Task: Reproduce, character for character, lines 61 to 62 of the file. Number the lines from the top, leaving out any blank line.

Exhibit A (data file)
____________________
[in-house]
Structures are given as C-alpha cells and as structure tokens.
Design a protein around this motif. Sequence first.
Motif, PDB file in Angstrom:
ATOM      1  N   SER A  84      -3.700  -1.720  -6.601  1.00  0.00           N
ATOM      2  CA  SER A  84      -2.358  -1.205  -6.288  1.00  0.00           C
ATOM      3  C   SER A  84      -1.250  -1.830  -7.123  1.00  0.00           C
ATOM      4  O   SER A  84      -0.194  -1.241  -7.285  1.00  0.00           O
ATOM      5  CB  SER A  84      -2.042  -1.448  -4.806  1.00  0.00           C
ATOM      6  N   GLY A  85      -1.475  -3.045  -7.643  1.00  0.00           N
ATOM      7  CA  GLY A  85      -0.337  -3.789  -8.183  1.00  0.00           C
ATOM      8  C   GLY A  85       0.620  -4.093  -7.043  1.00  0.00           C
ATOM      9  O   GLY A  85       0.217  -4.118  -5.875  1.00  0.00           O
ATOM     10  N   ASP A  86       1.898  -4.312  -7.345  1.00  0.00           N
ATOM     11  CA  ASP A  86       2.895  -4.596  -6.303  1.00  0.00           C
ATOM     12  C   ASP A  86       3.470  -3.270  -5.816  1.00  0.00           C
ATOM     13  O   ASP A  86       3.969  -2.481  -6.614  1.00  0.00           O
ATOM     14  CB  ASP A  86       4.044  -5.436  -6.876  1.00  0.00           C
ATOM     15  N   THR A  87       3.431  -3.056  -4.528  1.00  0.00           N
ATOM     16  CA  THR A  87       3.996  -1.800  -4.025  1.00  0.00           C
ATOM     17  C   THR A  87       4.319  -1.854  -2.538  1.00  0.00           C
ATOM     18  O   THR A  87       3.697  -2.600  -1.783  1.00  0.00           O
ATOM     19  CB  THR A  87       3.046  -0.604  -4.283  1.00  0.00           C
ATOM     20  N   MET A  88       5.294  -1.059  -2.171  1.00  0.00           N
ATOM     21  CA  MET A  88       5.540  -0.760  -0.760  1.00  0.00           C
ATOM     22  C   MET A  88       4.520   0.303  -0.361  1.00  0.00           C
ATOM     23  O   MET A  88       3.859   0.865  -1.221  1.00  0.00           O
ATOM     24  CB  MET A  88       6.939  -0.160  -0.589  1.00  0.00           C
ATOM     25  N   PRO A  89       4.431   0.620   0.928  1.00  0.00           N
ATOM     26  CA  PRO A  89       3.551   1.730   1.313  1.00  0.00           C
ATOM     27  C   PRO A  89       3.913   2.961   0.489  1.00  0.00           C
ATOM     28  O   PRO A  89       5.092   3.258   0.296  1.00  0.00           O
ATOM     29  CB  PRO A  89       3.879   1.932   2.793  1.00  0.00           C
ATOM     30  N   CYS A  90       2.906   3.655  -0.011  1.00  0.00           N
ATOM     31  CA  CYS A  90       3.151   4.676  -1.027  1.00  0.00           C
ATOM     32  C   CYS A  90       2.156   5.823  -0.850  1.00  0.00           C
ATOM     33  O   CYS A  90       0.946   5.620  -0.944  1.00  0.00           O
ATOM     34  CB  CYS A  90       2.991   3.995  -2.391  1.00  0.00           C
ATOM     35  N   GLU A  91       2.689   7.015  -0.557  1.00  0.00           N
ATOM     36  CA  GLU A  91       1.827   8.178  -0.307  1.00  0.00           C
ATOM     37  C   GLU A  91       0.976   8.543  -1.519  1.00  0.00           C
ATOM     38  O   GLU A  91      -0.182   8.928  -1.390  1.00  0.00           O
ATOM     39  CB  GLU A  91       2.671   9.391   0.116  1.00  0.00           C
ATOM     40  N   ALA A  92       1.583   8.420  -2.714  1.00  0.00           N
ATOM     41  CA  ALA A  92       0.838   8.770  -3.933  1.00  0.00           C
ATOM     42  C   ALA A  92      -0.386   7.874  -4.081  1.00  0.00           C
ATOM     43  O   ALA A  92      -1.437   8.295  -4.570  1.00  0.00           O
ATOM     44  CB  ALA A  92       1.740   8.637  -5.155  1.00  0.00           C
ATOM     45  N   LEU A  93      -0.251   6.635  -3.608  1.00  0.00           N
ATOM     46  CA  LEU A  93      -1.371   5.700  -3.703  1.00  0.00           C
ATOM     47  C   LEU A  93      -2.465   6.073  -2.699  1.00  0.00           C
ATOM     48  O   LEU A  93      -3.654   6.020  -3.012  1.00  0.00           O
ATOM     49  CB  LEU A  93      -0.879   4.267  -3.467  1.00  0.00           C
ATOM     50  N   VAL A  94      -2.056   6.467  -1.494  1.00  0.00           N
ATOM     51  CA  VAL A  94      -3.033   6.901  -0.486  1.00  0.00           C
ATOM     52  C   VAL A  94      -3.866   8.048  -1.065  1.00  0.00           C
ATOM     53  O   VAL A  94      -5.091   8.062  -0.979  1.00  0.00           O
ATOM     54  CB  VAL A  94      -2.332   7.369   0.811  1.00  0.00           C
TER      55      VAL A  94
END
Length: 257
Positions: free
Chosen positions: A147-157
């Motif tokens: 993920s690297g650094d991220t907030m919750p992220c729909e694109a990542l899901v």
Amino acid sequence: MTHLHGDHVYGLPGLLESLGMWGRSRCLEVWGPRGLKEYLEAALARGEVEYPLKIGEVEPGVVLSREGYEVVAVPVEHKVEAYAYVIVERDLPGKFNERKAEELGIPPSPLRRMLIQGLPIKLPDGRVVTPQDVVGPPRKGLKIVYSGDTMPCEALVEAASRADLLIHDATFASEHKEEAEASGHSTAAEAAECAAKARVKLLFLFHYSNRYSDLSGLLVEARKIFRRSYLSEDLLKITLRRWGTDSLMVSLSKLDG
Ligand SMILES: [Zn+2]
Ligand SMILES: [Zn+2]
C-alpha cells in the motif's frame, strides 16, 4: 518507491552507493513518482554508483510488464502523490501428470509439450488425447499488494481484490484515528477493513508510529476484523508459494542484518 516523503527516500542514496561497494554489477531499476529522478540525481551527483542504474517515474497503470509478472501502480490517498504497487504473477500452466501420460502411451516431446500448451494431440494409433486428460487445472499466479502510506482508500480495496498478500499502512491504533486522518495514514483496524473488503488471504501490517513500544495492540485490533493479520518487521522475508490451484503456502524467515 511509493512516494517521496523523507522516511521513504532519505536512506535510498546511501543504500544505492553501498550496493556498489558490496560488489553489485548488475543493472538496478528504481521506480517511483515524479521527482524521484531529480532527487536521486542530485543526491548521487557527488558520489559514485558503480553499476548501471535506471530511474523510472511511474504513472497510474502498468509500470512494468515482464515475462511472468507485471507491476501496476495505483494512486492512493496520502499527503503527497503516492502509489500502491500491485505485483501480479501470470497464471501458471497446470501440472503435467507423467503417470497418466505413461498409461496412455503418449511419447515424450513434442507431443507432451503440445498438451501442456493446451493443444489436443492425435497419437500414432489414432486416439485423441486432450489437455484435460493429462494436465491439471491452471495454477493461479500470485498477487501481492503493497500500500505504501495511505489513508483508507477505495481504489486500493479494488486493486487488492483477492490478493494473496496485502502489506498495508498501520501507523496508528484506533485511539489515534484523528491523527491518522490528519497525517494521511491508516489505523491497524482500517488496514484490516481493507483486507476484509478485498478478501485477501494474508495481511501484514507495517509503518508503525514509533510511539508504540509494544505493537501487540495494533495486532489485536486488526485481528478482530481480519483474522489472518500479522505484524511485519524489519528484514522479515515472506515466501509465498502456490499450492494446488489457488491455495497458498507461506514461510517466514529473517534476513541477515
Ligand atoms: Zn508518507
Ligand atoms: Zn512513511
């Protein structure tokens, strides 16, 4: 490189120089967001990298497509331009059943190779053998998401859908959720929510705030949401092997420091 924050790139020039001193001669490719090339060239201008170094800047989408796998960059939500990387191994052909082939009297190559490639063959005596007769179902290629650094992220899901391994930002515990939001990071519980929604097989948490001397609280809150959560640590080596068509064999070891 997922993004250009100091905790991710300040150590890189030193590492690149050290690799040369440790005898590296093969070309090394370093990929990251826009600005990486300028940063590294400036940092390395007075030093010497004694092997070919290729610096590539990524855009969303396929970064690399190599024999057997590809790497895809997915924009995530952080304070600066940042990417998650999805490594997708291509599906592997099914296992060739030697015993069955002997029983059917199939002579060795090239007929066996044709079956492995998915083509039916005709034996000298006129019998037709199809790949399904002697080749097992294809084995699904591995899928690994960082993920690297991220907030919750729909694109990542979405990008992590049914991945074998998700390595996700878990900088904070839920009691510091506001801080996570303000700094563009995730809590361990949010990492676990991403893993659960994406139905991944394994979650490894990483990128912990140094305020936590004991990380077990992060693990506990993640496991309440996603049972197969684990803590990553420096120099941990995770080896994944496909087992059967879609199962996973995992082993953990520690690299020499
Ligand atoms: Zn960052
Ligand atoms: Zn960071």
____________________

Length: 257
Positions: free